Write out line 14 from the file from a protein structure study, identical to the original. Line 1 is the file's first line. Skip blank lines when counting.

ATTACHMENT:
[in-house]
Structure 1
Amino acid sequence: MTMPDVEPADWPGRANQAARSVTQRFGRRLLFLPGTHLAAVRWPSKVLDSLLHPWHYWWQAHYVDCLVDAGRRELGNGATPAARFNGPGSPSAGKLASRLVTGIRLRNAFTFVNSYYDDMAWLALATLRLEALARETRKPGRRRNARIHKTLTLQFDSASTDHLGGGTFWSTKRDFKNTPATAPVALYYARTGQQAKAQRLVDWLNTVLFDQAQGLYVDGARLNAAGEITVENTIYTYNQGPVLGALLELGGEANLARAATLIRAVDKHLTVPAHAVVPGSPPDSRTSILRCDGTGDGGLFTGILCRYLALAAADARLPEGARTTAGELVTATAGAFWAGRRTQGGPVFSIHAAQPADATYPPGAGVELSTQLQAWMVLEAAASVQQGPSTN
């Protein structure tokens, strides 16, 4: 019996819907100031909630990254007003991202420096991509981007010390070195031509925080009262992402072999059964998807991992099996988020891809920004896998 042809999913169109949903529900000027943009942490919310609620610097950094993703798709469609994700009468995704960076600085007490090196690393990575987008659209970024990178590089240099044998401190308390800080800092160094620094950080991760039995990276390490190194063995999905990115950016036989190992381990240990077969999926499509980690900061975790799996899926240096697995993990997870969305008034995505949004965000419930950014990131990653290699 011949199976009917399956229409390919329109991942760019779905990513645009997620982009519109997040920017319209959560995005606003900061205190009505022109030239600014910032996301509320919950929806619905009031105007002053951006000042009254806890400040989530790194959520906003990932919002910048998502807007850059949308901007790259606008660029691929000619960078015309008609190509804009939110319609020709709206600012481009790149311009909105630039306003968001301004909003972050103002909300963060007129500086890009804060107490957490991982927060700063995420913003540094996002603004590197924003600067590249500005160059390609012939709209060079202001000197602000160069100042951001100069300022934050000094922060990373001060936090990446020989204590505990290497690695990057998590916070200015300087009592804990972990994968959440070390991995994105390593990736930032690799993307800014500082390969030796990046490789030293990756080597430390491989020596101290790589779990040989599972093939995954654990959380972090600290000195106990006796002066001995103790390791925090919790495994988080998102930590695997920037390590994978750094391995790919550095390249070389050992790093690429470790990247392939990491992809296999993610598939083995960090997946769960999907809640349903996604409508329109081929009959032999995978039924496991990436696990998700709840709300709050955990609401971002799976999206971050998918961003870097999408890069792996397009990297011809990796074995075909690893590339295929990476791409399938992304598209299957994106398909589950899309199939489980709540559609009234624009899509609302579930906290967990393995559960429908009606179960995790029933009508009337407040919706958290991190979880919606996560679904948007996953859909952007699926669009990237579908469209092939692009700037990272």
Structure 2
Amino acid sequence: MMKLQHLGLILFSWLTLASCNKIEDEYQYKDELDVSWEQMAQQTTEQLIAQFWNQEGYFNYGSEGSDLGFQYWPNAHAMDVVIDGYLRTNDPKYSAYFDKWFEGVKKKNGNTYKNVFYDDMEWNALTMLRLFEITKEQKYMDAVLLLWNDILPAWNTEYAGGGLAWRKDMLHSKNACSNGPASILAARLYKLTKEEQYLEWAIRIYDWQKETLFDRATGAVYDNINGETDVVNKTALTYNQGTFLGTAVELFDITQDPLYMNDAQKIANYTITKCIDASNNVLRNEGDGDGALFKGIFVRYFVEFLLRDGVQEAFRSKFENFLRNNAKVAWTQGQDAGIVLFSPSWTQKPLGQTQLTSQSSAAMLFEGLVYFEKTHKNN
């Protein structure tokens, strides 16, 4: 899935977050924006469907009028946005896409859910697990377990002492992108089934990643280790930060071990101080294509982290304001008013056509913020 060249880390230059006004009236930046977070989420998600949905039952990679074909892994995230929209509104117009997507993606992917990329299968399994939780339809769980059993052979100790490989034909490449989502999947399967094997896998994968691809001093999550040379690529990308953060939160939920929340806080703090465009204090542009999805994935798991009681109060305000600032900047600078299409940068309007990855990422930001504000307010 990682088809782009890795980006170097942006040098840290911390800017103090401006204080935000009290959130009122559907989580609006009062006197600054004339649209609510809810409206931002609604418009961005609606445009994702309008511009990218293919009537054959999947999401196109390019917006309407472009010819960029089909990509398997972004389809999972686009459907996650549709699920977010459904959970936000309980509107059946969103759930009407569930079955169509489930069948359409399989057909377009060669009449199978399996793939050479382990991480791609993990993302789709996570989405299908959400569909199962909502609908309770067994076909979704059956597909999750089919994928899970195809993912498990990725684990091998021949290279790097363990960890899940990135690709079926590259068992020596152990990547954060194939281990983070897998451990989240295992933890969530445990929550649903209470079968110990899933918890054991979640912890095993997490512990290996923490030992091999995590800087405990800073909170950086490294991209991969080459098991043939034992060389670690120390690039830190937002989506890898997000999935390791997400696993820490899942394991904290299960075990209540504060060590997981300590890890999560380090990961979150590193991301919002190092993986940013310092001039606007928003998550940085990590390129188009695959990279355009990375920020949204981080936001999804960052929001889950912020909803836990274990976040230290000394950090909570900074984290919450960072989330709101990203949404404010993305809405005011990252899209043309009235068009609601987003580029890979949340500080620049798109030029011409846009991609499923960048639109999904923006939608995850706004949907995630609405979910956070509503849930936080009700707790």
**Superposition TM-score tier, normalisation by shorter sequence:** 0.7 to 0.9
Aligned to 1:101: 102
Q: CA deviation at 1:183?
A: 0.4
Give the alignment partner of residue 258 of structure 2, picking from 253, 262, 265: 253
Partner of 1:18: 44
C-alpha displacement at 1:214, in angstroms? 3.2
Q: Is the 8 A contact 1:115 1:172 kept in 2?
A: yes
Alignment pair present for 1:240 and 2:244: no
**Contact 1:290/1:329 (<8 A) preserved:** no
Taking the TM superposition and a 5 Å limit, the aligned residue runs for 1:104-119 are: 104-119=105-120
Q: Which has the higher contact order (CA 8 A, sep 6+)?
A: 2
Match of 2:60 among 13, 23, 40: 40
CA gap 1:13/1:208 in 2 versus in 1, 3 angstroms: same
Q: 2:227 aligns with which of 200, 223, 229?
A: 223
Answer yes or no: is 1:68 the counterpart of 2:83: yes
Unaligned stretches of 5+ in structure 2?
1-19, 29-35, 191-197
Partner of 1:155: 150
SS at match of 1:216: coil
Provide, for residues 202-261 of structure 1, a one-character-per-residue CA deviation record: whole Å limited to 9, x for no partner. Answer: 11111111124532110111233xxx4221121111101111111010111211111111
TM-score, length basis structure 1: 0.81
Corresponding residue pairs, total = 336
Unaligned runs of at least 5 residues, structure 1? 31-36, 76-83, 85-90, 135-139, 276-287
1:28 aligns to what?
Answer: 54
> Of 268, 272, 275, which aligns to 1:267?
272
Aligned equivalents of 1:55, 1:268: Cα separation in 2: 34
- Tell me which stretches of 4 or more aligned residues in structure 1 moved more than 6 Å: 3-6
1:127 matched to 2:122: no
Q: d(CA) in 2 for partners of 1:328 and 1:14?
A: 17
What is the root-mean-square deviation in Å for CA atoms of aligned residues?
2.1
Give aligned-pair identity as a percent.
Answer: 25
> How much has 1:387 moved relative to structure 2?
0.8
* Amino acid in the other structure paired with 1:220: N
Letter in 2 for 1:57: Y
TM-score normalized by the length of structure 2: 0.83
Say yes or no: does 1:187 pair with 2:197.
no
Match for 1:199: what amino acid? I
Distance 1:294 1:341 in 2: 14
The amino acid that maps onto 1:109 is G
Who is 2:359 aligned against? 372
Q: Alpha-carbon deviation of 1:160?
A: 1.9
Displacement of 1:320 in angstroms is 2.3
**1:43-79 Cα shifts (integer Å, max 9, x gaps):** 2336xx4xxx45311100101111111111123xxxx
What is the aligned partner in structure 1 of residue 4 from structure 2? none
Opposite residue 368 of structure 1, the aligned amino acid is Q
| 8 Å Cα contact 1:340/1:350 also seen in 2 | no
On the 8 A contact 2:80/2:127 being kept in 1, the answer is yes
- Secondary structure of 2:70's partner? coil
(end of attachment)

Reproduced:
C-alpha displacement at 1:214, in angstroms? 3.2